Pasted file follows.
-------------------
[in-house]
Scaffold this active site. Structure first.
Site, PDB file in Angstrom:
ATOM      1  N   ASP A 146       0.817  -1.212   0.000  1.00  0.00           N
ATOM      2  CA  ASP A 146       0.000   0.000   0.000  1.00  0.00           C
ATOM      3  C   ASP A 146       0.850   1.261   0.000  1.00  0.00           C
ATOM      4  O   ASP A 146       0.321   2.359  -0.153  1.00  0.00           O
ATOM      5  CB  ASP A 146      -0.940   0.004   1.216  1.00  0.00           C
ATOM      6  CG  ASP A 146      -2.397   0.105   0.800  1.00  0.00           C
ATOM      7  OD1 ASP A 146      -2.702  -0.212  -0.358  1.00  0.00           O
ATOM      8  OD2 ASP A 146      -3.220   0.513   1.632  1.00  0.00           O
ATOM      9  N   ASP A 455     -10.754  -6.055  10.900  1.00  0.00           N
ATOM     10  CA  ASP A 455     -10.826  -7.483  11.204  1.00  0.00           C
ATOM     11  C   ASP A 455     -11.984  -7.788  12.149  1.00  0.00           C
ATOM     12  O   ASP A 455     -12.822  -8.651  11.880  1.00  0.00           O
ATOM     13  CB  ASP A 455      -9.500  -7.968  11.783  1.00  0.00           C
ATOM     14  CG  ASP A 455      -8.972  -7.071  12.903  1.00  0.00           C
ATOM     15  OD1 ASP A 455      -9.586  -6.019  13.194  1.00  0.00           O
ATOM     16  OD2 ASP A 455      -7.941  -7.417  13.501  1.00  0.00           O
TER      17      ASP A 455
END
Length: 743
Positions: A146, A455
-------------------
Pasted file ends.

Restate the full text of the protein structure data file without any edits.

[in-house]
Scaffold this active site. Structure first.
Site, PDB file in Angstrom:
ATOM      1  N   ASP A 146       0.817  -1.212   0.000  1.00  0.00           N
ATOM      2  CA  ASP A 146       0.000   0.000   0.000  1.00  0.00           C
ATOM      3  C   ASP A 146       0.850   1.261   0.000  1.00  0.00           C
ATOM      4  O   ASP A 146       0.321   2.359  -0.153  1.00  0.00           O
ATOM      5  CB  ASP A 146      -0.940   0.004   1.216  1.00  0.00           C
ATOM      6  CG  ASP A 146      -2.397   0.105   0.800  1.00  0.00           C
ATOM      7  OD1 ASP A 146      -2.702  -0.212  -0.358  1.00  0.00           O
ATOM      8  OD2 ASP A 146      -3.220   0.513   1.632  1.00  0.00           O
ATOM      9  N   ASP A 455     -10.754  -6.055  10.900  1.00  0.00           N
ATOM     10  CA  ASP A 455     -10.826  -7.483  11.204  1.00  0.00           C
ATOM     11  C   ASP A 455     -11.984  -7.788  12.149  1.00  0.00           C
ATOM     12  O   ASP A 455     -12.822  -8.651  11.880  1.00  0.00           O
ATOM     13  CB  ASP A 455      -9.500  -7.968  11.783  1.00  0.00           C
ATOM     14  CG  ASP A 455      -8.972  -7.071  12.903  1.00  0.00           C
ATOM     15  OD1 ASP A 455      -9.586  -6.019  13.194  1.00  0.00           O
ATOM     16  OD2 ASP A 455      -7.941  -7.417  13.501  1.00  0.00           O
TER      17      ASP A 455
END
Length: 743
Positions: A146, A455